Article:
The 2010 Draft had concluded just a few days before, but area scout Danny Watkins had already moved on to finding players for the following year. Watkins -- who covered Alabama, Mississippi and Tennessee for the Red Sox and still does -- made his annual trip to the Tennessee Baseball Coaches Association's showcase for rising high school seniors in Murfreesboro, Tenn.
"There are 100-120 kids there from all across the state, and after a while, you get kind of numb, because you're watching the same thing over and over," Watkins said. "I always tell the kids, 'Do something to make me remember you.'"
This time around, an infielder did just that for Watkins.
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"He was playing shortstop, and he went behind the bag, extended his glove and then flipped the ball behind his back and made a perfect feed to second base. At that point, I said to myself, 'OK, let's see what else you can do.'"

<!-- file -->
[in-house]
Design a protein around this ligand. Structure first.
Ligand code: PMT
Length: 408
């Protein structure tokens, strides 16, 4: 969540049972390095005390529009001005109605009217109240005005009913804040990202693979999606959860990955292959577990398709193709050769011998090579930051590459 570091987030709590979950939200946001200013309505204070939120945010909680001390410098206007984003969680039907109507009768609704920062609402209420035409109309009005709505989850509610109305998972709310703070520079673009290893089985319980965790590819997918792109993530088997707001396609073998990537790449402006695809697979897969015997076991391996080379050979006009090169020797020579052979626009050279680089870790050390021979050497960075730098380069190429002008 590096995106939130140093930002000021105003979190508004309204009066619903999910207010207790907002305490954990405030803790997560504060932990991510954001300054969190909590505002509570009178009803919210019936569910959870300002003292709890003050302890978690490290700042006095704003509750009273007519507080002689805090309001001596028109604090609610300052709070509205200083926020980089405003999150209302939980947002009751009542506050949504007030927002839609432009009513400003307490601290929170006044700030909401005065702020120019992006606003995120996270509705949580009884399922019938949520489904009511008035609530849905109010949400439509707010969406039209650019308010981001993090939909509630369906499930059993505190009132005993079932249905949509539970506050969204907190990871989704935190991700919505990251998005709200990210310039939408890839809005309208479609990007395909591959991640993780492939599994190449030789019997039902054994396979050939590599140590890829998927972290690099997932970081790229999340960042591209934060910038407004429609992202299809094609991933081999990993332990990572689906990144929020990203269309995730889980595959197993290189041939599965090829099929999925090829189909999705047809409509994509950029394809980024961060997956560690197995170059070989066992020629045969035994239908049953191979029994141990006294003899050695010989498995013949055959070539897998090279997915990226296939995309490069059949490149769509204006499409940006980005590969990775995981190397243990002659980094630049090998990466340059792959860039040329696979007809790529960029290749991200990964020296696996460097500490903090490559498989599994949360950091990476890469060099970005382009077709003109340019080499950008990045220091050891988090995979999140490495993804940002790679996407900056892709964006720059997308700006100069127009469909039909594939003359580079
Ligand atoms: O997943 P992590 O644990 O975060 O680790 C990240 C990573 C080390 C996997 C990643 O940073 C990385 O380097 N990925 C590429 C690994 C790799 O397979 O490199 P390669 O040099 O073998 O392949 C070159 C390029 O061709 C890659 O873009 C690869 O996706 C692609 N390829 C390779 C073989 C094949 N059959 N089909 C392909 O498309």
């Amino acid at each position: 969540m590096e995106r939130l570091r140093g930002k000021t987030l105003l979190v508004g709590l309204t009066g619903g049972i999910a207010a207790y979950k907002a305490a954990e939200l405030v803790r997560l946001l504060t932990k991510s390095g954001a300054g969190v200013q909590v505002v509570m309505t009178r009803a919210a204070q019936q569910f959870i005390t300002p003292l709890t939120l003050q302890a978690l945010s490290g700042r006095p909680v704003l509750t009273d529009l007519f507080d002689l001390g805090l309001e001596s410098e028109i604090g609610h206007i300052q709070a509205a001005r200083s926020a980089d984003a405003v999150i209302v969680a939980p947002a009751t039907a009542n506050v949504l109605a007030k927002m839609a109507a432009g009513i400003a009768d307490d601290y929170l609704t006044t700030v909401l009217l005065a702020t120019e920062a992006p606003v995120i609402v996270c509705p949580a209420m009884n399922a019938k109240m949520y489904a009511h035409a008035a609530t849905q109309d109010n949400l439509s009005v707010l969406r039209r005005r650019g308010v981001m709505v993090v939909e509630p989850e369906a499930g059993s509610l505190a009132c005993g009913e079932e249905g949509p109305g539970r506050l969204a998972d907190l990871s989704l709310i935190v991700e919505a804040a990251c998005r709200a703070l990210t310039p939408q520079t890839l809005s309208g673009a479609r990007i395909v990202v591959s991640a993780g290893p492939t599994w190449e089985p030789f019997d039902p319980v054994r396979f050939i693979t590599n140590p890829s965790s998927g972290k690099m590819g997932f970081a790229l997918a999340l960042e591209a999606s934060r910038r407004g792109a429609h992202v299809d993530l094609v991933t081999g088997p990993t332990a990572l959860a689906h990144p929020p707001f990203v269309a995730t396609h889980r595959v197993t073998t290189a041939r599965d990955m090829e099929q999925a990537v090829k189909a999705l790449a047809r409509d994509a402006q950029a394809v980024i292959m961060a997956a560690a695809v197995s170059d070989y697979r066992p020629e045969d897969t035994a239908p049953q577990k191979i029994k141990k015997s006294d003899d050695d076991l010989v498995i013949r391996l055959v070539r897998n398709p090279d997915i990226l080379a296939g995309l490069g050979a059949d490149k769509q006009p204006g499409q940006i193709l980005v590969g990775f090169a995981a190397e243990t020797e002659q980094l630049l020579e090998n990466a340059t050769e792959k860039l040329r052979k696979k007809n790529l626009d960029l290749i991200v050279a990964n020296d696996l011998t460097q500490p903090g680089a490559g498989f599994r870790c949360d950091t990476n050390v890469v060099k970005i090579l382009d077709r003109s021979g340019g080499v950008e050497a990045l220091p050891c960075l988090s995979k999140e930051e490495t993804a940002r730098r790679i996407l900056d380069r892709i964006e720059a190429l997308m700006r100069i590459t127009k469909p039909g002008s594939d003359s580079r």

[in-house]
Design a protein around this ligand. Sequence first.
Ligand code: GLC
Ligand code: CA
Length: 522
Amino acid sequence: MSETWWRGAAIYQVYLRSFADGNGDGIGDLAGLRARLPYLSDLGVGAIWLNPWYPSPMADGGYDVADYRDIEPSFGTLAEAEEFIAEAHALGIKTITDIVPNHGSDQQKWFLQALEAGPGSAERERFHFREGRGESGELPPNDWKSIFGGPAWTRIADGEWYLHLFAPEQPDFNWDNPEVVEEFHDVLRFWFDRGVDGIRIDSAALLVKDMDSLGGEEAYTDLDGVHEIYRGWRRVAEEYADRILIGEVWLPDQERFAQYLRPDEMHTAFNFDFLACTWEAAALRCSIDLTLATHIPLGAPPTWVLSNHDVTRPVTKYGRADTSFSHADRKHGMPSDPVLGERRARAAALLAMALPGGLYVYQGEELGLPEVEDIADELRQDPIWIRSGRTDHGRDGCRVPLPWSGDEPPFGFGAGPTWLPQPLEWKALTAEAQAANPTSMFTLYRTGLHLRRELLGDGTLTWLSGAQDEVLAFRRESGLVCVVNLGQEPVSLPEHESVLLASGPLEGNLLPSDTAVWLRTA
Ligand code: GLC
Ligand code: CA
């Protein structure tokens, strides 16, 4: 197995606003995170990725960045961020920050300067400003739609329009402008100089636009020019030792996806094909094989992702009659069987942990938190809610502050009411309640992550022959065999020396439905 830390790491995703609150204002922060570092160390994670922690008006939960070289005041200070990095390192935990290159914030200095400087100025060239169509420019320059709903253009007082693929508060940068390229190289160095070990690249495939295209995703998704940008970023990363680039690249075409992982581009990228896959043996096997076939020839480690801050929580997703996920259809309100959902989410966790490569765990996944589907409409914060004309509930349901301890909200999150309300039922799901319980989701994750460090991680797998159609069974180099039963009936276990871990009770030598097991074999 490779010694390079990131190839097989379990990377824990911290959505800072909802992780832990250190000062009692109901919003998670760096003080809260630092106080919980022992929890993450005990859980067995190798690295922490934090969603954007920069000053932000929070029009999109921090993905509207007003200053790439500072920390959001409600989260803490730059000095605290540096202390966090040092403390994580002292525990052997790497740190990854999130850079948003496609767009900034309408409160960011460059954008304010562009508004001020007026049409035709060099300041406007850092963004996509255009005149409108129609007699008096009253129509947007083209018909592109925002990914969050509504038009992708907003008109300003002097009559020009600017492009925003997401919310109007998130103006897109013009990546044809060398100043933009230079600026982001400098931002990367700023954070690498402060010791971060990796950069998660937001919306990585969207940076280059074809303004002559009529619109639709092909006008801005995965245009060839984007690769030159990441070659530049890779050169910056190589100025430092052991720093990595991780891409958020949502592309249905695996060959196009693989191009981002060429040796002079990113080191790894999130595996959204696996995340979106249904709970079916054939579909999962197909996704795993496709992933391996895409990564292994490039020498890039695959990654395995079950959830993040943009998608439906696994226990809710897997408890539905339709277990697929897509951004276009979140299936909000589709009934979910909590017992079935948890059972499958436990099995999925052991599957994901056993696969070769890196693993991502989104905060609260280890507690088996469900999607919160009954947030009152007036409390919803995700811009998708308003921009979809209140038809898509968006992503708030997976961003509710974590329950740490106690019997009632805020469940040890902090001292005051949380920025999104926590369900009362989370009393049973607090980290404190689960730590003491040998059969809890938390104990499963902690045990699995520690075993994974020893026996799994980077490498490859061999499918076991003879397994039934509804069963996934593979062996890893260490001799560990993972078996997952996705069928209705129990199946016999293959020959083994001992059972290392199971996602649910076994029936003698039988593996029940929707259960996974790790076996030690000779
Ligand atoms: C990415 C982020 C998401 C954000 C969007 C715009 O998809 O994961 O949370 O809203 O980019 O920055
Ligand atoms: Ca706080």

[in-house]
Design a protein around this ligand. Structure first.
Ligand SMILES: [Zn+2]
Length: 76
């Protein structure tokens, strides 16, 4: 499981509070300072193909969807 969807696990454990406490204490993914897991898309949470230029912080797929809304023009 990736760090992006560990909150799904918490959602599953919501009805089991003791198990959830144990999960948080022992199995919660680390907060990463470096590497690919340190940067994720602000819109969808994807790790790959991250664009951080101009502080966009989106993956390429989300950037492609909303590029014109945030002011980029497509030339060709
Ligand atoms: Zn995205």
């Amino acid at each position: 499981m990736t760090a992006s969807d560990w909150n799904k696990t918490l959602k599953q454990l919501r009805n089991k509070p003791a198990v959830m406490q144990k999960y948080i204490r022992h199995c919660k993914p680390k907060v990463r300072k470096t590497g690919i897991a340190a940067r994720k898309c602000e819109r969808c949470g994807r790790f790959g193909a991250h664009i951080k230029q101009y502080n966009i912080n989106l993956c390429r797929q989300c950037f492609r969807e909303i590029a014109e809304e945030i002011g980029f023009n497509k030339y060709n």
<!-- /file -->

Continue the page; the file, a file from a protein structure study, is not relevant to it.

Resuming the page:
"He" was an unheralded 5-foot-10, 160-pound shortstop from Overton High School in Nashville, Tenn., who could do a lot of things, including winning district MVP honors as a point guard in basketball and recognition as the Tennessee state boys bowler of the year. His name was Mookie Betts.
The Red Sox had maybe the best Draft of the decade in 2011, in large part -- but not solely -- because of Betts. They found four members of their current World Series roster, used another prospect to trade for a fifth and would have been reunited with another of their draftees had the Brewers advanced to the Fall Classic.